During the interview, McRorie also spoke about how she thinks that being in university is a big accomplishment, and that a student doesn’t need to be in STEM (science, technology, engineering and mathematics) to be successful.

“STEAM is a more inclusive acronym because arts usually gets left out. You don’t need to be in a STEM program to be successful. That’s not the point at all,” said McRorie. “The fact that somebody’s in university is such a big accomplishment. So, we’re trying to recognize that and provide opportunities on all fronts rather than just focusing on that STEM aspect, because I feel like that’s happening a lot nowadays.”

When asked for advice she has for Indigenous students entering university (especially since Indigenous peoples face many barriers in pursuing higher education), McRorie spoke about her own university experience. She was the first person in her family to attend university and for her it was a daunting experience going into university, especially since she didn’t know what was out there and what was available.

So, she said that her biggest advice would be for students to put themselves out there and get involved with the campus community and make connections with other people, because university is a lot easier to go through when you have a support system.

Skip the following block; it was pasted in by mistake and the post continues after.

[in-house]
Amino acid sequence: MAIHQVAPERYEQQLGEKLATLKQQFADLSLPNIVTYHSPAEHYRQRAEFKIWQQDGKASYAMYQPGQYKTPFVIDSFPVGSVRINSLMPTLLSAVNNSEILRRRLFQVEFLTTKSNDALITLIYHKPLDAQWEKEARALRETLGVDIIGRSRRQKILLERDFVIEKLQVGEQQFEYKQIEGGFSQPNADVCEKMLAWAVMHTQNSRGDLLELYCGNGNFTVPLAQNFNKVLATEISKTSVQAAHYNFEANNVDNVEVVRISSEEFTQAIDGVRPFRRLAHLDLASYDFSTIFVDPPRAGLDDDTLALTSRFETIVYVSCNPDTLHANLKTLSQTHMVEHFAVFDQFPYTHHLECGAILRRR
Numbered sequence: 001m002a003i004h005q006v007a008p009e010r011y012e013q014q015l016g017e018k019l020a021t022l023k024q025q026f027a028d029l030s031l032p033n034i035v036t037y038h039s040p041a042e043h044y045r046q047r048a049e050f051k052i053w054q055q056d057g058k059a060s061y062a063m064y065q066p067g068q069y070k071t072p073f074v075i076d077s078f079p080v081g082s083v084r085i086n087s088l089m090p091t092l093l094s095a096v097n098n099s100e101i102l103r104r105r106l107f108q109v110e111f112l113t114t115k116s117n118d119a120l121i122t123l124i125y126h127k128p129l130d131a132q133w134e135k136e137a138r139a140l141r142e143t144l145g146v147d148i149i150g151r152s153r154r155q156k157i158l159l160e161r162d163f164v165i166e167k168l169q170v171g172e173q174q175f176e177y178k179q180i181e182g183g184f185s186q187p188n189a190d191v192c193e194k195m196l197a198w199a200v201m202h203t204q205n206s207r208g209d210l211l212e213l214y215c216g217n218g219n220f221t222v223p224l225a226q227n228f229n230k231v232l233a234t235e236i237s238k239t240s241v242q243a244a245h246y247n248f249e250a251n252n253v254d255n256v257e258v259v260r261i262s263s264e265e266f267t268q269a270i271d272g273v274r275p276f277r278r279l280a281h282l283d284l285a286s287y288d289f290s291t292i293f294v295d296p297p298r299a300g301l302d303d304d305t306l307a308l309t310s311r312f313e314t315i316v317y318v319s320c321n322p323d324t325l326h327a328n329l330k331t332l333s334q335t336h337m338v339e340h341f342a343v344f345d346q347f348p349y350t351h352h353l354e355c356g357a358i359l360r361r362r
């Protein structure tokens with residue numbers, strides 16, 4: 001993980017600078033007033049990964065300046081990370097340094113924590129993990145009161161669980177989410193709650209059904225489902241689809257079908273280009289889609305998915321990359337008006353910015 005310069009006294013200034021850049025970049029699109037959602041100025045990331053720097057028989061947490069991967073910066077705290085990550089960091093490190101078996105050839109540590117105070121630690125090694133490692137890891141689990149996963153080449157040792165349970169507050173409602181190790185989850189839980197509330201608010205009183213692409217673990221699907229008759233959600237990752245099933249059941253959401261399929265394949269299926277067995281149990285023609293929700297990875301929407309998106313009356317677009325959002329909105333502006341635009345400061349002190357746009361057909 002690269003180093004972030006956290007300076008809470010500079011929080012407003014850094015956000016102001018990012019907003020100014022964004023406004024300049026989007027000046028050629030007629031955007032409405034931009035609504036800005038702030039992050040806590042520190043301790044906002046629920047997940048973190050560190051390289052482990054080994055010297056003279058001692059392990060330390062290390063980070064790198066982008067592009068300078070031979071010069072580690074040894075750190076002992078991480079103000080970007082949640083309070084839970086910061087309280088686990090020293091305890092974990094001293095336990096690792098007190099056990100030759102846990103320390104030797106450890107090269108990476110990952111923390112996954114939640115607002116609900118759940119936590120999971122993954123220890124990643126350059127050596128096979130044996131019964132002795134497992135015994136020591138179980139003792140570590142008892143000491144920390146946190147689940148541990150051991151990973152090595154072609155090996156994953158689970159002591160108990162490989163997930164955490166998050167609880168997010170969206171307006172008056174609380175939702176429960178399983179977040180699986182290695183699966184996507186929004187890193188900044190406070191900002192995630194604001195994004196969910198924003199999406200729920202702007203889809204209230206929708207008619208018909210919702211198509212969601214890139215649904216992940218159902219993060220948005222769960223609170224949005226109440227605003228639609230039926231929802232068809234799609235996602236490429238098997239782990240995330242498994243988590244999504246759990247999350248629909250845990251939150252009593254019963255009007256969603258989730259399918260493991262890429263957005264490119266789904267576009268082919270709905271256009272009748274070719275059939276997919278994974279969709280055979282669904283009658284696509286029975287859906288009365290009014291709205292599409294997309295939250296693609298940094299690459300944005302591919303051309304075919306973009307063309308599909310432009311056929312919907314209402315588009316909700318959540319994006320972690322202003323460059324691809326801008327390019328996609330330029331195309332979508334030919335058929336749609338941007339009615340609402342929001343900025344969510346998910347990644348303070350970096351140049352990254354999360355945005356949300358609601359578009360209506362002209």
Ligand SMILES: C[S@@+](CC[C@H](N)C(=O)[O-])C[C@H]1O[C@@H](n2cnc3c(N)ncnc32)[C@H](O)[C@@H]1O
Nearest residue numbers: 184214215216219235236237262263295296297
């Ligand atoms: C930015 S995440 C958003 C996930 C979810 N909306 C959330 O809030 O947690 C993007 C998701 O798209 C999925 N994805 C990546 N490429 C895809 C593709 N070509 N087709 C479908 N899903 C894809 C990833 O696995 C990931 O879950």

McRorie also mentioned that no matter what university students attend, there are usually specific supports for First Nations, Métis and Inuit Students. She mentioned the Writing Symbols Lodge as a support for Indigenous students attending the University of Calgary. She further iterated on her advice for students to put themselves out there at least just a little bit so that they can make connections and create mentorship opportunities.

“And don’t be afraid to ask questions,” McRorie added. “I know it’s scary, but asking questions is how you get answers. And then by doing so, you can create those relationships that persist throughout university and also after. Try to be involved in any way.”

She pointed out that just being on campus and sitting in areas like the Writing Symbols Lodge can lead to connections and friendships that can help with getting through that first year of university, since the first year of university is always a bit hard.

During the interview McRorie mentioned that CISSA is open to everyone. Non-university people can also join the club, as long as they don’t make up more than one-third of the club’s members.

“We’re open to everyone. We do focus around the First Nations, Inuit, Métis populations just with how our club is structured, but anyone can join. We have a fair amount of non-Indigenous students who are really just trying to learn more about Indigenous culture and just trying to be involved and see what opportunities we have.”

For those interested in learning more about CISSA, more information about them can be found at their official website address:

1 Comment on "CISSA assists Indigenous students engaged in STEAM at University of Calgary"

  1. Any program that has race as a qualification is against basic human rights.